Three bills filed in the North Carolina General Assembly last week would bar transgender athletes from playing on girls' high school and middle school sports teams.
House Bill 574 and Senate Bill 631, the Fairness in Women’s Sports Act, would require teams participating in interscholastic and intramural athletic activities be “expressly designated by the biological sex of the team participants” and ensure that teams or sports “designated for females, women or girls shall not be open to students of the male sex.” The bill would also prevent girls from playing “sports designated for males, men or boys,” unless no comparable female team for the sport exists and the sport is not a “contact sport.”
Senate Bill 636, titled “School Athletic Transparency,” contains similar language to the Fairness in Women’s Sports Act, asserting that student eligibility to participate in interscholastic athletic activities would be based on “biological participation requirements.” It further clarifies that sex refers to one’s “reproductive biology and genetics at birth.”
At least 20 states prior to North Carolina have already banned transgender athletes from playing on high school sports teams aligned with their gender identity.
On April 5, N.C. Rep. Tricia Cotham changed her party affiliation from Democrat to Republican, providing the Republicans the one seat they needed to secure a veto-proof supermajority in the NC House of Representatives. With the already-held Senate supermajority, N.C. Republicans can now more easily advance legislation past a potential veto by Governor Roy Cooper, a Democrat.
Sylvia Hatchell, former head coach of the North Carolina women’s basketball team, has indicated her support for the proposed legislation. Hatchell resigned in 2019 amid controversy surrounding complaints of “racially insensitive comments” and “pressure to play” when players were not medically ready.
“I support transgender athletes — their right to gender identity as they see fit,” Hatchell said at a recent press conference promoting the bill. “However, competitive sport is one of the few places in our society where sex differences matter.”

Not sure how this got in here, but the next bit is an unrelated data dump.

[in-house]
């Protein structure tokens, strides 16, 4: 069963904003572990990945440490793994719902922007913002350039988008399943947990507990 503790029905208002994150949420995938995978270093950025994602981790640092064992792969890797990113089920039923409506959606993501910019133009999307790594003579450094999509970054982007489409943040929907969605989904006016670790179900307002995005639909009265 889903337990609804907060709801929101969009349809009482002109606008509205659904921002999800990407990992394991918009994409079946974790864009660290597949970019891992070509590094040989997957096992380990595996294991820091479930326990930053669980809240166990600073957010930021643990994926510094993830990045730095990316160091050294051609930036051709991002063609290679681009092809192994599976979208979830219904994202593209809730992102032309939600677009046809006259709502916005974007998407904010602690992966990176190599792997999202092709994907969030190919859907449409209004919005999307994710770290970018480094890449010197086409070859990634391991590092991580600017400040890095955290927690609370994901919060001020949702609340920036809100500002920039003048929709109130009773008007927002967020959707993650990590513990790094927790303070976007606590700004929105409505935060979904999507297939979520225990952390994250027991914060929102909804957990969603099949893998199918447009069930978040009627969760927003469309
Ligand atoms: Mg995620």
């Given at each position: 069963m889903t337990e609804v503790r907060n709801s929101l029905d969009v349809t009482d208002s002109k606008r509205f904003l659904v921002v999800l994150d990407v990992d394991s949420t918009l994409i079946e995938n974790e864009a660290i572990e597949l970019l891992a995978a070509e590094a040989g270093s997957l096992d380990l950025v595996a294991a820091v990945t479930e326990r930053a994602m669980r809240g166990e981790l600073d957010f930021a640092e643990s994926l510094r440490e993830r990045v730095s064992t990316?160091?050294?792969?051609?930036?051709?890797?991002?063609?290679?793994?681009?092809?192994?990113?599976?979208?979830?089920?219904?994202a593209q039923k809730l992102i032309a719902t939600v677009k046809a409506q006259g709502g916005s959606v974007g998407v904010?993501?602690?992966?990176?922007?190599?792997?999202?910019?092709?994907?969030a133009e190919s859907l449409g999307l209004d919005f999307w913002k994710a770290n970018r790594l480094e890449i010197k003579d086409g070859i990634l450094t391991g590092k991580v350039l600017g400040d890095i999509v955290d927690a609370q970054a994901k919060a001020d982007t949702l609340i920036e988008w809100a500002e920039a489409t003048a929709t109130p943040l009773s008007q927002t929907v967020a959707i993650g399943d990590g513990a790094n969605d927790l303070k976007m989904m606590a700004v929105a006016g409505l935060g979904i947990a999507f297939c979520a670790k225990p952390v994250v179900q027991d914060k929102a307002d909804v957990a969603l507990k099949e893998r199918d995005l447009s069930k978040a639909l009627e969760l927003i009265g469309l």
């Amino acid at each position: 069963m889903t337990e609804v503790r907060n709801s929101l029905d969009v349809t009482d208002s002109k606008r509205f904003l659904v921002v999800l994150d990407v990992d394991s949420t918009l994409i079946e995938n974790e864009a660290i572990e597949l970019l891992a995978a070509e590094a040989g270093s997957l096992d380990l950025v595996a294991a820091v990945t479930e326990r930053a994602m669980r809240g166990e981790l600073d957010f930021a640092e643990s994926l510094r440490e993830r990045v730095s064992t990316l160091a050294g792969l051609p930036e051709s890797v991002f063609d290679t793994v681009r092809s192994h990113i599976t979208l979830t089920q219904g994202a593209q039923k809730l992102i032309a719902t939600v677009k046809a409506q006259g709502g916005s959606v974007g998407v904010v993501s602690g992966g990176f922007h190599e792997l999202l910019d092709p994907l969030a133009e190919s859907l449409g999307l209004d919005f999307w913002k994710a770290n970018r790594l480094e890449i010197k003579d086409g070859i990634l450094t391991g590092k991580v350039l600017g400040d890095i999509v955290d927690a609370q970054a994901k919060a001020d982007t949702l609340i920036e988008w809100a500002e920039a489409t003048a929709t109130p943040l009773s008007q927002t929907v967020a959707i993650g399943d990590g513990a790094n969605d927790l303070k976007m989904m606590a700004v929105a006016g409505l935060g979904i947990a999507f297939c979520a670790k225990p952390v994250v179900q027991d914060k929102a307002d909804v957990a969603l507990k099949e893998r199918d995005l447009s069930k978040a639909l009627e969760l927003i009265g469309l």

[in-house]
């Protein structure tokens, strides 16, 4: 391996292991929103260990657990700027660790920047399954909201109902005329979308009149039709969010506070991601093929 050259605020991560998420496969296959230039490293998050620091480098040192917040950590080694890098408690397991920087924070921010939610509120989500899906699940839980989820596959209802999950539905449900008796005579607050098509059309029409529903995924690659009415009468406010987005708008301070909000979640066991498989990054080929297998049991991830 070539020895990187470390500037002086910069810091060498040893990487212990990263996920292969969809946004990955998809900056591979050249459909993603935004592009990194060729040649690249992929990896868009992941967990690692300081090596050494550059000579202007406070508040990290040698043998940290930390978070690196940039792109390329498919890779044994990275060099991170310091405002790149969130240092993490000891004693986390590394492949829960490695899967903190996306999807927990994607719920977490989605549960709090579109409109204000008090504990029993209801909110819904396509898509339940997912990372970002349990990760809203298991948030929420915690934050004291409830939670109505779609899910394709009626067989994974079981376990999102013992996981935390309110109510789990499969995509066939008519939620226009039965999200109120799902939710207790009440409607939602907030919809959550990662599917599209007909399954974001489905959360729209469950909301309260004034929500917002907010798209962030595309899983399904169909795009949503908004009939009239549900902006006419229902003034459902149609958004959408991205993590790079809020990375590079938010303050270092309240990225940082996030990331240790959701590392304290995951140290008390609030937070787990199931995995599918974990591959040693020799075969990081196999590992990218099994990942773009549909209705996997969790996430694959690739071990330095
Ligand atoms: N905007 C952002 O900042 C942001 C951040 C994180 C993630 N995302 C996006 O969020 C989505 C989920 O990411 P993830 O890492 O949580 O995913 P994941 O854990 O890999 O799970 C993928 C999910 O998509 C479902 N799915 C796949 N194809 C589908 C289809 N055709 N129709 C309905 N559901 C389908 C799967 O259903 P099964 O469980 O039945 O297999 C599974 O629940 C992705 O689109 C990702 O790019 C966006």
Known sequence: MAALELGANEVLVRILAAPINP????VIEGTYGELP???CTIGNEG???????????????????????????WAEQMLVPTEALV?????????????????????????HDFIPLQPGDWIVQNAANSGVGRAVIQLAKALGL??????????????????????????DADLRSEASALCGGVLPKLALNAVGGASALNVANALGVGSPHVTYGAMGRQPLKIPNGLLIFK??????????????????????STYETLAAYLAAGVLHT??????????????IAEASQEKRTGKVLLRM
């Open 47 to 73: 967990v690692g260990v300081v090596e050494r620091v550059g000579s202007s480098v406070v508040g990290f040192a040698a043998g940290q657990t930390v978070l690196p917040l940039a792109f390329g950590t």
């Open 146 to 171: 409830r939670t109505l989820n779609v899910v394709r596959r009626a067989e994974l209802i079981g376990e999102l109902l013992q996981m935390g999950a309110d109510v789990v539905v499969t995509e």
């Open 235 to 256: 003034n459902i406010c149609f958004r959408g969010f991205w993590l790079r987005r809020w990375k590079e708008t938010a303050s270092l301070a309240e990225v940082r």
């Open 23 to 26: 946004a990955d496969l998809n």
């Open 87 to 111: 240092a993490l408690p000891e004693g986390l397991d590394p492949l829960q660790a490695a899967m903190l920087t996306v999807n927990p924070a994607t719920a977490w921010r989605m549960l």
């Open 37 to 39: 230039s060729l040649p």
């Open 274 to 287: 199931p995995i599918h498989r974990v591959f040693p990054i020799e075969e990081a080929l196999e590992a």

All 30 Republican senators are currently sponsors of the legislation, along with 42 out of the 72 Republicans in the House. According to the North Carolina High School Athletic Association, there are currently about 15 transgender high school student athletes in the state, a fraction of the approximately 180,000 student athletes that participated last year.
“People are thinking that we have a major issue, and we really do not,” NCHSAA Commissioner Que Tucker told the News & Observer. “People are probably thinking that we just have all of these born males playing female sports, but that really isn’t the case in North Carolina."
Current NCHSAA rules require transgender student athletes wanting to play sports based on their gender identification to go through an extensive process that includes submitting a gender identity request form, written statements from other students, documentations regarding medications and treatments, and other information.
“These bills do nothing to address the real issues facing our youth, like gun violence in schools or the mental health crisis. Instead of working to make schools safe environments, our lawmakers are bullying queer and trans kids,” said Kendra Johnson, executive director of the LGBTQ+ advocacy group Equality NC, in a statement.
Conservatives argue that the legislation would establish fair standards for women’s sports and reinforce Title IX. Republican Sen. Vicki Sawyer touted the bill as one that would enhance the health and safety of women, referencing an incident at Hiwassee Dam High School last fall that left a female volleyball player injured due to a spike from a transgender athlete.
Republicans in the NC General Assembly also filed other bills targeting transgender people last week, including bills that would restrict gender-affirming treatment for minors.
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Jazper Lu is a Trinity junior and managing editor of The Chronicle's 119th volume.